Shinji Okazaki

 

Use our request form to send us your profile requests.

 

Shinji Okazaki

Image from: zimbio.com

Shinji Okazaki



Current Club: Leicester City.

Previous Clubs: 1.FSV Mainz 05, VfB Stuttgart, Shimizu S-Pulse, Takigawa HS.

Loan Clubs: None.



International: Japan 109 caps 50 goals.



Despite being Japan's 3rd highest scorer of all-time and the highest scoring Japanese player in the Bundesliga, Okazaki has not been prolific since signing for the Foxes. Last season he scored just 6 goals in 41 matches and even in Leicester's title-winning season he only contributed 6 goals in 39 matches. Not exactly what you call a goal sniffer then.



That is only a tiny part of what Okazaki adds to a team though, despite playing in a forward position. His incredible work rate is key to the team. Okazaki is that rare forward that adds something to the performance whether the team is in possession of the football or not. When the team loses possession, Okazaki will chase back, left, right, forward trying to win back the ball or covering gaps left by other players who have gone forward.



It is not a mindless, headless chicken running about, it is always with a purpose, other than just running after the ball, though there he often gets to do just that when there are no gaps behind or breaks to cover. When the team are set in position behind him, Okazaki does chase round all over the pitch harrying the opposition midfield and defence, following the ball and putting pressure on. He is almost a full on press all by himself at times, which probably explains why he very rarely plays a full 90 minutes.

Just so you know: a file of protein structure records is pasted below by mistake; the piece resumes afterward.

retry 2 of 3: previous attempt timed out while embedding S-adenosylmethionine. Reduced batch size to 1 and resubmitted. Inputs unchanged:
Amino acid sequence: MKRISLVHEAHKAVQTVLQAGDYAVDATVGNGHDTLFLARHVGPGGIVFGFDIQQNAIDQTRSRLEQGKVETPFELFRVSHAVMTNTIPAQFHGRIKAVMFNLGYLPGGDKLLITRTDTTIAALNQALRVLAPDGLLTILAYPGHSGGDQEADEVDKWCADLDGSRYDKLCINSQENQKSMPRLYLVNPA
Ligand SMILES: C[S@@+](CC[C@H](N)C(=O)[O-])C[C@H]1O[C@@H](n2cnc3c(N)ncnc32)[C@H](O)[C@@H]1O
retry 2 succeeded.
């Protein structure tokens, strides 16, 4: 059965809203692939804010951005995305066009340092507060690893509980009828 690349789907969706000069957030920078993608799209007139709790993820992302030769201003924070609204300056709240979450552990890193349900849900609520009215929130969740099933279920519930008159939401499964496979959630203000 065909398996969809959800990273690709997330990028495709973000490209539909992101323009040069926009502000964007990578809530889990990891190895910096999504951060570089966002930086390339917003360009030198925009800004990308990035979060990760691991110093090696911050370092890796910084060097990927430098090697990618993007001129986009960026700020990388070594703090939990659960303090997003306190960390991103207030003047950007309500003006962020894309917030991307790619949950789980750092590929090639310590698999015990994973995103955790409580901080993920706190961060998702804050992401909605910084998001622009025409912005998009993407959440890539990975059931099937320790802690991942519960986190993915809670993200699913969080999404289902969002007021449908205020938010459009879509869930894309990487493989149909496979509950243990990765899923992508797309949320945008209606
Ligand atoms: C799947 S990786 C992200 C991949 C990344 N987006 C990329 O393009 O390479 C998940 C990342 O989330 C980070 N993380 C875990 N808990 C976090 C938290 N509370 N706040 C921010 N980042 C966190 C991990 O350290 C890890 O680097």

When the Foxes have control of the ball, Okazaki is constantly on the move, trying to drag the opposition around, making selfless runs to open up space for team mates or himself when the opportunity presents. It is little wonder that opponents always seem to concede late goals after facing him, as the defence must be worn out trying to keep an eye on him. Even just watching him play, buzzing around like somebody's hyperactive child on speed, is exhausting.



Technically, Okazaki is quite a skilful player, with a very good technique, which he has shown with some very nice technical goals throughout his career. Being short and not having much of a leap on him, he is not the best in the air, to say the least. He is a tidy player with a nice touch and looks to play it on quickly and to move himself into space again afterwards. If he could add a little more selfishness to his play, he would score more goals, but be half as important to the team.

 

 

 




To comment on this profile, please log in








Forgot your password?


Forgot your username?

 

 

 
Log In or Register to post

User
Pass
Remember me

Forgot Pass